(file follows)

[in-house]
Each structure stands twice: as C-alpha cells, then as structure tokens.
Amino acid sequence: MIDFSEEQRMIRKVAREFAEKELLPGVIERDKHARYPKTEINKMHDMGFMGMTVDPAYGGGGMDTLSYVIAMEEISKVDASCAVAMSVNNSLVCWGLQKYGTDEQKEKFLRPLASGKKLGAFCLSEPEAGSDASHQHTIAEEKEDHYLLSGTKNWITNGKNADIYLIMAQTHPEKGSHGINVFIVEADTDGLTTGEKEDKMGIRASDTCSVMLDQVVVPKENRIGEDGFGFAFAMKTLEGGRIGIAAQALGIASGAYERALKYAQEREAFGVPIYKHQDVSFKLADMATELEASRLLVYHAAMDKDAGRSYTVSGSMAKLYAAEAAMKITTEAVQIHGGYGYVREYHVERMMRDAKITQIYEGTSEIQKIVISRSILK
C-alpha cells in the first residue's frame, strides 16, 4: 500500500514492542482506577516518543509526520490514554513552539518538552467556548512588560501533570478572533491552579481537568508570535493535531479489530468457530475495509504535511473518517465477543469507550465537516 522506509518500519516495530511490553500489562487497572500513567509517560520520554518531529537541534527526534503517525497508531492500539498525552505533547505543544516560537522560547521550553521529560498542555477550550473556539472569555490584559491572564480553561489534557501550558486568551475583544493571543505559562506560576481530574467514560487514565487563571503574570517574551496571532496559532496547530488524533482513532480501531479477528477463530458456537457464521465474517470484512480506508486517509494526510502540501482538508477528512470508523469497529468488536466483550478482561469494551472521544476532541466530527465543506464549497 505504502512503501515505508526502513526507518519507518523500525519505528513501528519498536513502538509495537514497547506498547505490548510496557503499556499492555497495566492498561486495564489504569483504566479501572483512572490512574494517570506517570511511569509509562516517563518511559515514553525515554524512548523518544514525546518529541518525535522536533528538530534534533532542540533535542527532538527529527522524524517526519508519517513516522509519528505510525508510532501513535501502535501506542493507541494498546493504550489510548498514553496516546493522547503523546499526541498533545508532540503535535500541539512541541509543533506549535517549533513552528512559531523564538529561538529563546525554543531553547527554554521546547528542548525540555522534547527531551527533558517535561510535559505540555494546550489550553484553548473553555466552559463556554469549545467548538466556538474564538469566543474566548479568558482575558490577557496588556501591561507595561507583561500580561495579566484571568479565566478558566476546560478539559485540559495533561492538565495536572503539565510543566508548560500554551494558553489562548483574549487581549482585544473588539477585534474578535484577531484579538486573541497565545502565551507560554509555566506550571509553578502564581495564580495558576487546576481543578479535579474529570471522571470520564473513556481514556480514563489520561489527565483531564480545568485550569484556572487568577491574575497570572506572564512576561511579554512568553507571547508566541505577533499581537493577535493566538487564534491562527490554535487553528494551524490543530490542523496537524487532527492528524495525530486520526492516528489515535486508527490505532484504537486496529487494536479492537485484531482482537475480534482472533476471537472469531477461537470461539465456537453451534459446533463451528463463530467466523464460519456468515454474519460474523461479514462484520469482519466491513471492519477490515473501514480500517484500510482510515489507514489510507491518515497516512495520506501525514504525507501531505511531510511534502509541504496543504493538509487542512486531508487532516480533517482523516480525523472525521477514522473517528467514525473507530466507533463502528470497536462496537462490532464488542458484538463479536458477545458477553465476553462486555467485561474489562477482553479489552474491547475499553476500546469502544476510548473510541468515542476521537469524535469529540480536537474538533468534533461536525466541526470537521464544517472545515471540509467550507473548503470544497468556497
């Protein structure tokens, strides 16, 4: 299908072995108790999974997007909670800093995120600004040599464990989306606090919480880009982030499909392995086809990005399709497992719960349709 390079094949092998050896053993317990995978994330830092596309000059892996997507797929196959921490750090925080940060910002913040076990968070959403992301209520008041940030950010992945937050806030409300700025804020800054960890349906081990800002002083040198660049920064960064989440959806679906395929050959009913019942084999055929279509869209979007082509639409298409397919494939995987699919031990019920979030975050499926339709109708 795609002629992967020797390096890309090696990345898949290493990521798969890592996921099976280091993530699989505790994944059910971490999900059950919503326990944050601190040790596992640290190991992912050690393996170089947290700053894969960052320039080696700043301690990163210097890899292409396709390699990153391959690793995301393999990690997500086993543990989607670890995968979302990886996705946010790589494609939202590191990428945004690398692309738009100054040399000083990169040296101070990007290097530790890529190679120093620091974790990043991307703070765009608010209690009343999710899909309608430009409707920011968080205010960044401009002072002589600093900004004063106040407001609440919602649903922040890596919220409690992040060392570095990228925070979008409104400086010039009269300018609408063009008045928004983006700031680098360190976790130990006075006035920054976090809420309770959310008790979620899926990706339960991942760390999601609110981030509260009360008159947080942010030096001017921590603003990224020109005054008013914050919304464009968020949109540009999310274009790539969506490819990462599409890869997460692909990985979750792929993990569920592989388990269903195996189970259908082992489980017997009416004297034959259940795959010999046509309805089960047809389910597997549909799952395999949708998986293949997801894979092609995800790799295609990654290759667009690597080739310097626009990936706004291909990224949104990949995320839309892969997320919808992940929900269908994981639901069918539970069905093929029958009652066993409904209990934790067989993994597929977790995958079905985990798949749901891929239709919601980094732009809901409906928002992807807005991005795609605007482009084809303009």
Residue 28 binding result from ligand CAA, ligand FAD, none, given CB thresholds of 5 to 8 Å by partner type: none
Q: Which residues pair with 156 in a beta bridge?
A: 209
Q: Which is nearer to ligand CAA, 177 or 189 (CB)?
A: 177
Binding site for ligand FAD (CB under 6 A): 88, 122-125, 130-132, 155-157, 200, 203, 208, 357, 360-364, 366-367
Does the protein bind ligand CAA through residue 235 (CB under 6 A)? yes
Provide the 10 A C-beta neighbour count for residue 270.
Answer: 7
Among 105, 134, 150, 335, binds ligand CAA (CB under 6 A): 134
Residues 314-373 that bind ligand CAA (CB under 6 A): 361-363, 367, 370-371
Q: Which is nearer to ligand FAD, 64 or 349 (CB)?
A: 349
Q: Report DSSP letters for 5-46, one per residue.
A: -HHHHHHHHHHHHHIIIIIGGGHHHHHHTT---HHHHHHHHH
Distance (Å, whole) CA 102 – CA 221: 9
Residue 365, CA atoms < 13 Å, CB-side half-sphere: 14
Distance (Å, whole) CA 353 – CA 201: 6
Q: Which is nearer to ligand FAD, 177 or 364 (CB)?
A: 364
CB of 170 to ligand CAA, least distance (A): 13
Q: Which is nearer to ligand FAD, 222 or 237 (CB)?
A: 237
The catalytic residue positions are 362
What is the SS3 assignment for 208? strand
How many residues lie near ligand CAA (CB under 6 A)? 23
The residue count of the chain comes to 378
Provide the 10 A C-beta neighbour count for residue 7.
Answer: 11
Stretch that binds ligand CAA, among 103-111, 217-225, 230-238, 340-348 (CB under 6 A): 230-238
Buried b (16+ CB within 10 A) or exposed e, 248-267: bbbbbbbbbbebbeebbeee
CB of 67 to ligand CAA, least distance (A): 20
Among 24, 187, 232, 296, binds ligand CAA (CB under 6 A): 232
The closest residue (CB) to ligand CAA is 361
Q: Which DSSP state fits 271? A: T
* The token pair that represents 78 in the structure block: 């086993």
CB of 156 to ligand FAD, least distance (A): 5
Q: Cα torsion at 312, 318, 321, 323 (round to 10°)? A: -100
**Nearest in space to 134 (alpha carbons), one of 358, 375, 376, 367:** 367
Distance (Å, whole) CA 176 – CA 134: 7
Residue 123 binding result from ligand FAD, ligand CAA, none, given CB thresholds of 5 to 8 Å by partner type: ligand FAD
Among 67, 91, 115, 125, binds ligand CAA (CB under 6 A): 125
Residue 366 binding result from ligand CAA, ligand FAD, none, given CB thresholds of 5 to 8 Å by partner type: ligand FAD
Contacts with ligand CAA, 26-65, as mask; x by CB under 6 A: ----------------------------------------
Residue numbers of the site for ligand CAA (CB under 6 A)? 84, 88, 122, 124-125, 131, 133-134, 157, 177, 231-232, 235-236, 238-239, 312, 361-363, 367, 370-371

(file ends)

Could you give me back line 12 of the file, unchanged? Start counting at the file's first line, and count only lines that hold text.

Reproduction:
Does the protein bind ligand CAA through residue 235 (CB under 6 A)? yes